For most people, managing credit scores is an issue that is left on the back burner. In fact, most people never experience credit concerns until they have been notified there is a problem or they have suffered a drop in credit rating. People in this category often have a more difficult time with credit recovery that those who have recently exited bankruptcy, but there are a few quick fixes to get started.
Check Your Report
People neglect checking their credit reports and often allow inaccuracies to go unnoticed. Inaccurate information on a credit report is more common than you might think, and can be detrimental to a credit score. It is important to monitor your report often and find out what information is being reported. Look for problems in accounts that may report late payments or have incorrect account balances. Verify debts and request to have creditors update the information or file a claim of misinformation with the credit bureau.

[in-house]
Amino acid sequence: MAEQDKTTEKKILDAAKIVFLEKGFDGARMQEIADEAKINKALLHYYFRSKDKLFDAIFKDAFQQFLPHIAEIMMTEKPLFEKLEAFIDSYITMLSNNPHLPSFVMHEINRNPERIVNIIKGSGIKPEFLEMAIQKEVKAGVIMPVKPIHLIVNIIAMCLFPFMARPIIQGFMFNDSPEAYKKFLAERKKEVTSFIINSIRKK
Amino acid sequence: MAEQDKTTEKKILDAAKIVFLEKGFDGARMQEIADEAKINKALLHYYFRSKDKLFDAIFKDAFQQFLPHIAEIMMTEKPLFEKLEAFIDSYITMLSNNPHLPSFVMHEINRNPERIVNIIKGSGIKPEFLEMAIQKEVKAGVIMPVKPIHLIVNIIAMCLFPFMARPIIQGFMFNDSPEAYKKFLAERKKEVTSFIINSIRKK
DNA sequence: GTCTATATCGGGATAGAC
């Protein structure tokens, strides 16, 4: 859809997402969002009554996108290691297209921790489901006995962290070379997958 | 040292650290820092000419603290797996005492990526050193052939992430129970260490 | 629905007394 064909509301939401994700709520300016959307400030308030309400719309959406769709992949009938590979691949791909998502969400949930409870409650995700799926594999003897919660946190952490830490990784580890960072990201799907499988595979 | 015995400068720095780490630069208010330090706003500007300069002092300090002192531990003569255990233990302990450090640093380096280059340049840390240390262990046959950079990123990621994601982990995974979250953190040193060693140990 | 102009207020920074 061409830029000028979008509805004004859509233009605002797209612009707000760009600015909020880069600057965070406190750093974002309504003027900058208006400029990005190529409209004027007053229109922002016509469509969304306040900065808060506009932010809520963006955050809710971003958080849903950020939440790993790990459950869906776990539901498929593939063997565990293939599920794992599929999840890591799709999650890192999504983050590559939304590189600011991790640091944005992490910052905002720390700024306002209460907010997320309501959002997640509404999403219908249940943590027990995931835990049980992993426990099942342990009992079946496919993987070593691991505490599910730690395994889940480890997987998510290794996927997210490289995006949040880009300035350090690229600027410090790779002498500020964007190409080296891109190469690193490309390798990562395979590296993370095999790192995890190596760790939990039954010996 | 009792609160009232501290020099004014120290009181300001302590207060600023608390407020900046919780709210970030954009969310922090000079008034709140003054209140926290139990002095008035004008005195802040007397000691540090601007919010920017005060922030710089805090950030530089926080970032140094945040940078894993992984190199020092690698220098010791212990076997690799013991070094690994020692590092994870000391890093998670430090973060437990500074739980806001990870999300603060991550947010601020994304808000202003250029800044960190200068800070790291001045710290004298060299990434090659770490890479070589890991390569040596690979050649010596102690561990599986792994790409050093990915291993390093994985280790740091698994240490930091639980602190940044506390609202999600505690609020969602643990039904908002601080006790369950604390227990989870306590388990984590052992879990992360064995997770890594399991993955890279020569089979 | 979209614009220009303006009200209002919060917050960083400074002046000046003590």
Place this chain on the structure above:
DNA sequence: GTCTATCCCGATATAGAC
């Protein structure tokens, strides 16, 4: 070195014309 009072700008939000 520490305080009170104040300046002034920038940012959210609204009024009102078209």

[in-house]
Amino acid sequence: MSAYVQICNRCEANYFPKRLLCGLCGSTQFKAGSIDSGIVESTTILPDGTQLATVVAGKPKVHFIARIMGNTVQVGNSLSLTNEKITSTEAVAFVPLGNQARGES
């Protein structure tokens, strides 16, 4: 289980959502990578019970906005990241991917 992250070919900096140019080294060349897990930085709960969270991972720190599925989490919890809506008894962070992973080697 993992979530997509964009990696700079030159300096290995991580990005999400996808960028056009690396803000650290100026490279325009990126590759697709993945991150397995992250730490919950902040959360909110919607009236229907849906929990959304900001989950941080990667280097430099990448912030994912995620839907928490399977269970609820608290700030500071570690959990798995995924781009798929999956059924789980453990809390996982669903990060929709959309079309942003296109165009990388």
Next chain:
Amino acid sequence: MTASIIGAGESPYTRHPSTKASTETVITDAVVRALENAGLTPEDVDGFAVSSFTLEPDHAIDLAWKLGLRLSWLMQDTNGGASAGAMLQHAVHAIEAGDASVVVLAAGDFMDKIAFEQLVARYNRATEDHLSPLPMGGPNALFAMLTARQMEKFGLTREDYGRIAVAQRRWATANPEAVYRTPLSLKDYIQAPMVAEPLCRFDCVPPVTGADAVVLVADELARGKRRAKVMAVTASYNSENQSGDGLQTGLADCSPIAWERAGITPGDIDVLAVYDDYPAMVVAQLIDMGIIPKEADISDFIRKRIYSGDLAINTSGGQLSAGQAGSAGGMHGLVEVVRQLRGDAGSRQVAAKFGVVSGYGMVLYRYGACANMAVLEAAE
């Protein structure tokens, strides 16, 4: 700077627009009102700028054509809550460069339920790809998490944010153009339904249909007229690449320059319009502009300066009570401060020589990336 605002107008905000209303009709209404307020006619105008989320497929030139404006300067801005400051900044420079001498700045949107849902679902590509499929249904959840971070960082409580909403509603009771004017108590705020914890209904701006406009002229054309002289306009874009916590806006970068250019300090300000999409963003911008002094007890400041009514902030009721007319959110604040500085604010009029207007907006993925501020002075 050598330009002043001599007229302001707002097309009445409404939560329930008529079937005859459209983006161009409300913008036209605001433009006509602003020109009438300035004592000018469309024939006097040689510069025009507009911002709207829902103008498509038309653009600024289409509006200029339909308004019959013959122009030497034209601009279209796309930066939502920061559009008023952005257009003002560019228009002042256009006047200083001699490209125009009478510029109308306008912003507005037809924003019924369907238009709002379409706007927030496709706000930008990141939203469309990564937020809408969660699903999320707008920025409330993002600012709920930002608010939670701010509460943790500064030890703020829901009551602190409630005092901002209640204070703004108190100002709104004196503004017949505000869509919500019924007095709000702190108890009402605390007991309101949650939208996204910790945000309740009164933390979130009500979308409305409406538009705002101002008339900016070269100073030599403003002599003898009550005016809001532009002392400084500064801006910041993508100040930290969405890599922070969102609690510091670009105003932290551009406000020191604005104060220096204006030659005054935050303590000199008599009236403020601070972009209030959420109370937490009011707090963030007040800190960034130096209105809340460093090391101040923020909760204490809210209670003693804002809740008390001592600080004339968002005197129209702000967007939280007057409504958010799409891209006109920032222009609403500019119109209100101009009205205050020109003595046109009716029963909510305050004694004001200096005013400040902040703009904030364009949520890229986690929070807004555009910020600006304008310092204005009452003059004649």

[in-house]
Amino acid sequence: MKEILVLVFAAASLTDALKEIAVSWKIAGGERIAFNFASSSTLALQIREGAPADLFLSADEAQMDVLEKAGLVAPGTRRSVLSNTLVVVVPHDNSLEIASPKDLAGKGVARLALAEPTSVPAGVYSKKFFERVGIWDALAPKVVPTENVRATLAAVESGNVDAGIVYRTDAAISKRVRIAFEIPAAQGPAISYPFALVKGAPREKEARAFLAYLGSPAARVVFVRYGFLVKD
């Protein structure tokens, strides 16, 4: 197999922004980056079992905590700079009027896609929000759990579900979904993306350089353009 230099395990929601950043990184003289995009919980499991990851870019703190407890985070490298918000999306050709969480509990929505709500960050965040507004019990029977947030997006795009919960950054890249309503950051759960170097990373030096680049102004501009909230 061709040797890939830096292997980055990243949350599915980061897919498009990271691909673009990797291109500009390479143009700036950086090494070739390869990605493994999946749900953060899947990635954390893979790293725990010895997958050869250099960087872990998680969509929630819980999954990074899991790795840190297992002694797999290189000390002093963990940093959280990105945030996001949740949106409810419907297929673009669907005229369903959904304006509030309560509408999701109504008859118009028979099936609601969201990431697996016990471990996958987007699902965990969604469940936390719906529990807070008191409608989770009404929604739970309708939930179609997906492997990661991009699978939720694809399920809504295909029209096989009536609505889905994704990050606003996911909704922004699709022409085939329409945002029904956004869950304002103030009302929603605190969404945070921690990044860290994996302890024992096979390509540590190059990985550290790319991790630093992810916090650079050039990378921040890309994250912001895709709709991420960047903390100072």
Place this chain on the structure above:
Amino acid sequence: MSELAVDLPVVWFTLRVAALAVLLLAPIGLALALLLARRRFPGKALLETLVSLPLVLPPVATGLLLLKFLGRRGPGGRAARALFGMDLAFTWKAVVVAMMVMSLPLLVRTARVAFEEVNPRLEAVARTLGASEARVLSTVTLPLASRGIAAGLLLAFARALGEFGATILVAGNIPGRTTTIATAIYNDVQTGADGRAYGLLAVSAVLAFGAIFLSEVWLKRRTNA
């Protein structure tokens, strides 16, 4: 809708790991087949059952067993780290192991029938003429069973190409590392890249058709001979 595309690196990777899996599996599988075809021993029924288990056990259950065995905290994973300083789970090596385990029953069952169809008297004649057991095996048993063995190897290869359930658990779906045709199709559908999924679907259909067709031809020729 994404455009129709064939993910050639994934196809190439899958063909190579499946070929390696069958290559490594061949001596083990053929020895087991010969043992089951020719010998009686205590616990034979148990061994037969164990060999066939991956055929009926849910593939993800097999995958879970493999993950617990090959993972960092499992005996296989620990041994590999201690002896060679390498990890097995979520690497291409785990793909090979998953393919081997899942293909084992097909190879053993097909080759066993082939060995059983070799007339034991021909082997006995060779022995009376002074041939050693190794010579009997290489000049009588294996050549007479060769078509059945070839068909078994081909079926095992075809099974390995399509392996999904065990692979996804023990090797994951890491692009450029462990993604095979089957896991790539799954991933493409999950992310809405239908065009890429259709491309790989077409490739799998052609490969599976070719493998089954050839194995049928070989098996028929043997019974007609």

Balance The Ratio
Credit scores are determined using a fairly complex equation, which takes into account several aspects. One of the easiest to identify, and change, is the debt-to-limit ratio. Generally, having a balance higher than 70 percent of the total spending limit on an account is going to bring a score down. The ideal balance is around 40 percent of the spending limit, but a greater improvement in scores is seen when the ratio drops below 30 percent.
Keep Accounts Open
Most people assume that closing accounts after they are paid off is the best approach to managing credit. Actually, having accounts paid off and open is the best way to boost credit. When balances are paid off and remain open, it demonstrates your ability as a responsible borrower with a long standing credit history. Prioritize at least one account to pay off and leave open for six months or more months while you focus on reducing other accounts.